18 August 2005
Sharon’s Strategy Succeeds (For Now)
By Gwynne Dyer
Asher Weisgan, the Israeli settler who murdered three Palestinians at random in the West Bank settlement of Shiloh on Wednesday, was clearly very upset by the forced evacuation of the Jewish settlements in the Gaza Strip. Prime Minister Ariel Sharon called him a “Jewish terrorist”, which was true enough — but like all terrorists, he was seeking to create a political effect. He wanted to goad the Palestinians into some act of retaliatory terror so monstrous that it would force Sharon to halt the evacuations.
So far the major Palestinian militant organisations haven’t fallen into his trap — but then they are terrorists themselves, and would understand exactly what Weisgan was up to. It’s the same sort of tactic that Hamas used when it started bombing Israeli civilian buses in the middle of the1996 election.
At that time, Prime Minister Yitzhak Rabin had just been assassinated by a Jewish extremist opposed to his policy of trading “land for peace” with Palestinian leader Yasser Arafat, and it looked as if Rabin’s heir Shimon Peres was going to float into office on a sympathy vote and finish what Rabin had started. Hamas utterly rejected a compromise peace that left Israel in possession of most of former Palestine, so it started bombing in order to stampede Israelis into voting for the Likud candidate, Binyamin Netanyahu, who was as determined as they were to prevent a “land-for-peace” deal. It worked.
Some people find this kind of logic convoluted and even paranoid, but they haven’t spent much time in Israel or Palestine. Each side has its hard-liners who must give public lip-service to “peace”, but really would prefer eternal confrontation to a peace that requires compromises on territory. There is a great deal of tacit collaboration between them, with each group of extremists giving the other side plausible reasons to break off negotiations and reject concessions. Things are rarely what they seem in this struggle.
Which brings us to Ariel Sharon, formerly the hardest of hard-liners and the moving force behind the whole policy of creating Jewish settlements on conquered Palestinian land after 1967. Has he actually changed his spots, or is the evacuation of the Gaza Strip just a smoke-screen for his real intentions? Well, listen to him.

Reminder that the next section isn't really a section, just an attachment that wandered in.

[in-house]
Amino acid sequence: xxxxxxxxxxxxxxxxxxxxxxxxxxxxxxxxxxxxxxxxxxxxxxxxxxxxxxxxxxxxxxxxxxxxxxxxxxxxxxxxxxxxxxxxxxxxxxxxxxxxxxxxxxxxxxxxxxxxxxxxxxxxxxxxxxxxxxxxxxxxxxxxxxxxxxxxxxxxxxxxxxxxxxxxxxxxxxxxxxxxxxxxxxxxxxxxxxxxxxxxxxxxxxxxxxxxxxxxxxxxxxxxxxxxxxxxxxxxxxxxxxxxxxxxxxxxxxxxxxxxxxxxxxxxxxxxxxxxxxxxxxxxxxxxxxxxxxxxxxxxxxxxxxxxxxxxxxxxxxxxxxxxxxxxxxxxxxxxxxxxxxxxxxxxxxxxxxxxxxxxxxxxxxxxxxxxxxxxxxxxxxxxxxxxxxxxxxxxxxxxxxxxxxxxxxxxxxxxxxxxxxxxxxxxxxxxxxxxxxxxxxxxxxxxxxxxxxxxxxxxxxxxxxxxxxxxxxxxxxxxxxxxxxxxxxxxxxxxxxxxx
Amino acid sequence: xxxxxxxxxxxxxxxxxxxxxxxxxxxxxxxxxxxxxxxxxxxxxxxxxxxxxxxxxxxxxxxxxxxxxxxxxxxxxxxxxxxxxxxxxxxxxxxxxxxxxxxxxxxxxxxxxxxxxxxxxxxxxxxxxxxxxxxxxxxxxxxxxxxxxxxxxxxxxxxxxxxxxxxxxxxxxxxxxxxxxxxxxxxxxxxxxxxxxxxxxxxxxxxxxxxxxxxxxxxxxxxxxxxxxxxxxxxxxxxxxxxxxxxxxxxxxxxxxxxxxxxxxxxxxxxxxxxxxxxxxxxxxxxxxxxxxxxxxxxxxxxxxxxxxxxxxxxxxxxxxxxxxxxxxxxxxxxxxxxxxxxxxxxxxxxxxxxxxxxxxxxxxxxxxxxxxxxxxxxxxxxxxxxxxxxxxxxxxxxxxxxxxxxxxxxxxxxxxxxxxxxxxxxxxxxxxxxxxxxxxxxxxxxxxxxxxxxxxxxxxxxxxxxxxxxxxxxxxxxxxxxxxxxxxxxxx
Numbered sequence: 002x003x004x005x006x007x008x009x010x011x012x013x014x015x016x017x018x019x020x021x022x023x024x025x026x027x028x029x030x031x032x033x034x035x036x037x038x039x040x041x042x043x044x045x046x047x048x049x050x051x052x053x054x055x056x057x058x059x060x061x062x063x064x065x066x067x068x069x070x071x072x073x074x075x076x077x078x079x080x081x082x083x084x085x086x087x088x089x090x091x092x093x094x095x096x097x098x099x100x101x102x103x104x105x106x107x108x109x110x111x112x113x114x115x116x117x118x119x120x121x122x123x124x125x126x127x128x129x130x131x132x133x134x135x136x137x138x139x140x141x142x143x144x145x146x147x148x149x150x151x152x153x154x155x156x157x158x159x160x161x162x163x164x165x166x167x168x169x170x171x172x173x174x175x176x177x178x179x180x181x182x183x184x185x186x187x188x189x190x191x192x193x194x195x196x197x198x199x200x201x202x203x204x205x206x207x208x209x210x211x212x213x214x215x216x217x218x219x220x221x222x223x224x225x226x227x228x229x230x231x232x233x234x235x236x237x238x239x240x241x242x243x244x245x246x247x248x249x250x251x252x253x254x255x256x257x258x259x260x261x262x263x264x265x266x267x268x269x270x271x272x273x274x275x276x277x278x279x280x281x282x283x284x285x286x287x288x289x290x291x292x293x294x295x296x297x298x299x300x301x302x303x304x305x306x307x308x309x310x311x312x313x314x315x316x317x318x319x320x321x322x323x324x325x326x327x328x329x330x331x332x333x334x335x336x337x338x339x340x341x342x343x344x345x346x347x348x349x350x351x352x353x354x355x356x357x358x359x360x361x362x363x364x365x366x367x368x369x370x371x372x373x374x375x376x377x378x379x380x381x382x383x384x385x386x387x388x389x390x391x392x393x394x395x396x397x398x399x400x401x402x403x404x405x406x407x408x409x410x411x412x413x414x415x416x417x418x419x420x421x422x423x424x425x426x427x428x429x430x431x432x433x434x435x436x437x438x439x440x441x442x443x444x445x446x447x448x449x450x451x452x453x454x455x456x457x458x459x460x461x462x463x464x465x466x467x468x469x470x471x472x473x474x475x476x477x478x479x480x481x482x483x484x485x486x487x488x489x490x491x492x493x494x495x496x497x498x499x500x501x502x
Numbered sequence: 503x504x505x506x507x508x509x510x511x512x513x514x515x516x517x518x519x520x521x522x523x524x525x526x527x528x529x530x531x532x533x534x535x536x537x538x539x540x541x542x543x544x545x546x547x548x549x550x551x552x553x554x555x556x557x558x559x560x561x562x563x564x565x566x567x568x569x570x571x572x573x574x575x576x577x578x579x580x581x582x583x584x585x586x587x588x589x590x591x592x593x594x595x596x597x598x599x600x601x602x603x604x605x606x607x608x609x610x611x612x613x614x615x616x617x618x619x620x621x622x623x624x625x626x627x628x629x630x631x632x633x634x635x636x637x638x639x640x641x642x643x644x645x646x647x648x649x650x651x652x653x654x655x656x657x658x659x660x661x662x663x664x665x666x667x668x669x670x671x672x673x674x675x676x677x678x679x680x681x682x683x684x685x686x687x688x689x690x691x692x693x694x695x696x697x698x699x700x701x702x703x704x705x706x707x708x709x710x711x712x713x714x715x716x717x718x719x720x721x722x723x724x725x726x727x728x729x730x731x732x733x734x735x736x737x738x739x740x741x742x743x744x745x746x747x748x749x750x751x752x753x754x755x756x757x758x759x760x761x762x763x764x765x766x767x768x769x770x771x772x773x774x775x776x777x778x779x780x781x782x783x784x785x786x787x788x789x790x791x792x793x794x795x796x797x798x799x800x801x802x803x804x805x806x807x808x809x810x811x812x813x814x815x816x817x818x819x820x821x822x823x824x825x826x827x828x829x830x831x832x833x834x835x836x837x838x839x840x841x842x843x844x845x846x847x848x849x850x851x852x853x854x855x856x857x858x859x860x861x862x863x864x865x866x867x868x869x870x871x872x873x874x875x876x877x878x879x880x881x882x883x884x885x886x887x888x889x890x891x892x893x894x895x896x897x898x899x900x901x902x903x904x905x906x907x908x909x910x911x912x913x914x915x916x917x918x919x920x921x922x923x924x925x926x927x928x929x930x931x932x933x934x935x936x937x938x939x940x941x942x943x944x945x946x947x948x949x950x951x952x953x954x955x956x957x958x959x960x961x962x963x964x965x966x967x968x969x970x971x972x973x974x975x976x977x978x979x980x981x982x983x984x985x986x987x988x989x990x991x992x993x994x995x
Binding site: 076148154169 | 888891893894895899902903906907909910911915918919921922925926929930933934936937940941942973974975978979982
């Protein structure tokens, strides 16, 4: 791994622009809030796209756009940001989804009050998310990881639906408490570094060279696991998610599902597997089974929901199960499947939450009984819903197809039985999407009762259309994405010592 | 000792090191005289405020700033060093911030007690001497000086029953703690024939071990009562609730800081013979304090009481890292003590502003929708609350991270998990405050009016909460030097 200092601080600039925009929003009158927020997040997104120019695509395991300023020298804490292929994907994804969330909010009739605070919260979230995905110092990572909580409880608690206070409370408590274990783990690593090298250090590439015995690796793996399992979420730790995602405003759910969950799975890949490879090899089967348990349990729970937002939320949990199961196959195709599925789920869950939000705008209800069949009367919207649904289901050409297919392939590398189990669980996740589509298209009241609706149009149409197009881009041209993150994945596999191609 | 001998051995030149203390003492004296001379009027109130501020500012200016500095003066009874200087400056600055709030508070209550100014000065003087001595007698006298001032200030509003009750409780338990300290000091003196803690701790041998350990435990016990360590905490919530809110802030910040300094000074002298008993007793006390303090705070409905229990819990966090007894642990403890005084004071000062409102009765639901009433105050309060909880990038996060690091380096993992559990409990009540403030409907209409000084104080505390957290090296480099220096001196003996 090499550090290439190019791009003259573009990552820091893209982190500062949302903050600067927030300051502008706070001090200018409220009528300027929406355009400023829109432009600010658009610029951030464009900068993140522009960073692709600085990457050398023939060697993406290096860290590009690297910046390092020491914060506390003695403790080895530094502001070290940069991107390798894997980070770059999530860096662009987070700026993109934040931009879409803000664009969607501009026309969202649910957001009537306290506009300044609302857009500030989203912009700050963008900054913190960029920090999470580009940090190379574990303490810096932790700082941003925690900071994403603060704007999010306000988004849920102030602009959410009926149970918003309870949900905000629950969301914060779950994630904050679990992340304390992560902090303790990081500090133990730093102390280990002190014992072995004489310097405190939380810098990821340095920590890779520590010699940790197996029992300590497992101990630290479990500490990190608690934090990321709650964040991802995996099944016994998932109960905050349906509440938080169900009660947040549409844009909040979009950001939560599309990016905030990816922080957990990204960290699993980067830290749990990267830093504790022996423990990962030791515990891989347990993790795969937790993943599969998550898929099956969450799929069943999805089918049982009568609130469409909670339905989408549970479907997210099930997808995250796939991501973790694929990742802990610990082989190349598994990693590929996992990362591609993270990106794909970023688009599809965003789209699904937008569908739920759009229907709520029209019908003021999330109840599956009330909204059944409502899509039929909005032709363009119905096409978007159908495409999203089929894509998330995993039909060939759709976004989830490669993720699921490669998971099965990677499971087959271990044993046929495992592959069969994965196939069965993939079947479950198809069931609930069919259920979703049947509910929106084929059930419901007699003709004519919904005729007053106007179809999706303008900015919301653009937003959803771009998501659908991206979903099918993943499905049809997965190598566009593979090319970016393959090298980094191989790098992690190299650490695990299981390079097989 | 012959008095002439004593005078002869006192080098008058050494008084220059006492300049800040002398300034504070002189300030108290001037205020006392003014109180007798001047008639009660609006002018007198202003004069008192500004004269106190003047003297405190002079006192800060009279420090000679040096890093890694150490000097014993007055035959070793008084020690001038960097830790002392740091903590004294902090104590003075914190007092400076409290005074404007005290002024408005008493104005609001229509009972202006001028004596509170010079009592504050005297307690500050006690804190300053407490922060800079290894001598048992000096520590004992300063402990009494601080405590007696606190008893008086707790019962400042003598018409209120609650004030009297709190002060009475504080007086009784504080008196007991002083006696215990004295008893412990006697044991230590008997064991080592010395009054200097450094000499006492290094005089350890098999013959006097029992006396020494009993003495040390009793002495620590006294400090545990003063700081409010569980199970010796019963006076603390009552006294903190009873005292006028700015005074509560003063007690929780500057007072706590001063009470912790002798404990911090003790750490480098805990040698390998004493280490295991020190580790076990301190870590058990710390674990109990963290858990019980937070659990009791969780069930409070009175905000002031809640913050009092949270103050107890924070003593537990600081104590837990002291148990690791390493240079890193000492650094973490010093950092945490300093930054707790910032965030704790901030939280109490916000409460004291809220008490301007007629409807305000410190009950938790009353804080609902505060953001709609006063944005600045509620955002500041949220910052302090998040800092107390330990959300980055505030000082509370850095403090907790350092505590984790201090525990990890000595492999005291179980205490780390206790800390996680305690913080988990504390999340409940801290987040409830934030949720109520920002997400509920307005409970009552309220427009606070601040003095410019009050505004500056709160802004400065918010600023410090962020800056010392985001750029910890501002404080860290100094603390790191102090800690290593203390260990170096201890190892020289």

“I think it is important that they (Gaza settlers) know that what they did was not in vain. There are certainly great achievements, with the big (West Bank) settlements that will remain in Israeli hands.” He is removing 8,500 Jewish settlers from the Gaza Strip (where they lived surrounded by 1.3 million Arabs and could never be secure anyway) in order to secure the position of some 400,000 Jewish settlers on formerly Palestinian land in the West Bank. That’s not exactly a defeat for Zionism, if it works.
It all comes down to what Israelis call the”demographic problem.” Most of them want to live in a state that is both Jewish and democratic, but for decades now some of them have also nourished the dream that that state could include all or almost all of former Palestine. Palestinians have a much higher birth-rate than Israelis, however, and despite the immigration of a million people of Jewish descent from the countries of the former Soviet Union over the past fifteen years, Arabs now make up almost exactly half the people living under the Israeli government’s control.
Or rather, they would, if Ariel Sharon was not pulling the Jewish settlers out of the Gaza Strip and redefining the territory’s 1.3 million Arabs as no longer Israel’s responsibility. The withdrawal also ends a pointless waste of Israeli lives: nearly a hundred Israeli soldiers have been killed trying to protect the hopelessly vulnerable settlements. (Some of them started calling themselves “human flak-jackets.”)
Sharon has a solution for the West Bank, too. The “security fence” that is now creating a new de facto border there will incorporate almost all the Jewish settlements into Israel but exclude most of the West Bank’s Palestinians. Demographic problem greatly ameliorated, and Israel gets to keep a lot of the more desirable land.
As for the settlers in the Gaza Strip, the more heart-rending their distress at being evacuated, the better it looks internationally. Sharon has been under strong international pressure to revive the “peace process” ever since he took office, so he needed a distraction. The anguish of the settlers, relayed around the world by television, creates the impression that Israel has made a great sacrifice and relieves the pressure on Sharon to do anything else.
So he doesn’t really mind the images coming out of the Gaza Strip, although he must pretend to. Only the small minority of Israeli religious extremists who cannot bear the thought of relinquishing a single stone of the Promised Land see this evacuation as a real tragedy, so they need something else to mobilise their fellow-countrymen against it. That something else, of course, is some ghastly act of Palestinian terrorism.
All Palestinians want the Israeli settlers out of the Gaza Strip, regardless of Sharon’s real motives, so they are not going to do such a thing voluntarily. Therefore they must be goaded into it. And hence Asher Weisgan’s act of “Jewish terror,” for which he will probably spend a few years in jail and then emerge as a hero to all his friends. Only very stupid Palestinians would fall for this provocation — so for the moment, at least, Sharon is getting away with it.
To shorten to 725 words, omit paragraphs 2 and 3. (“So far…worked”)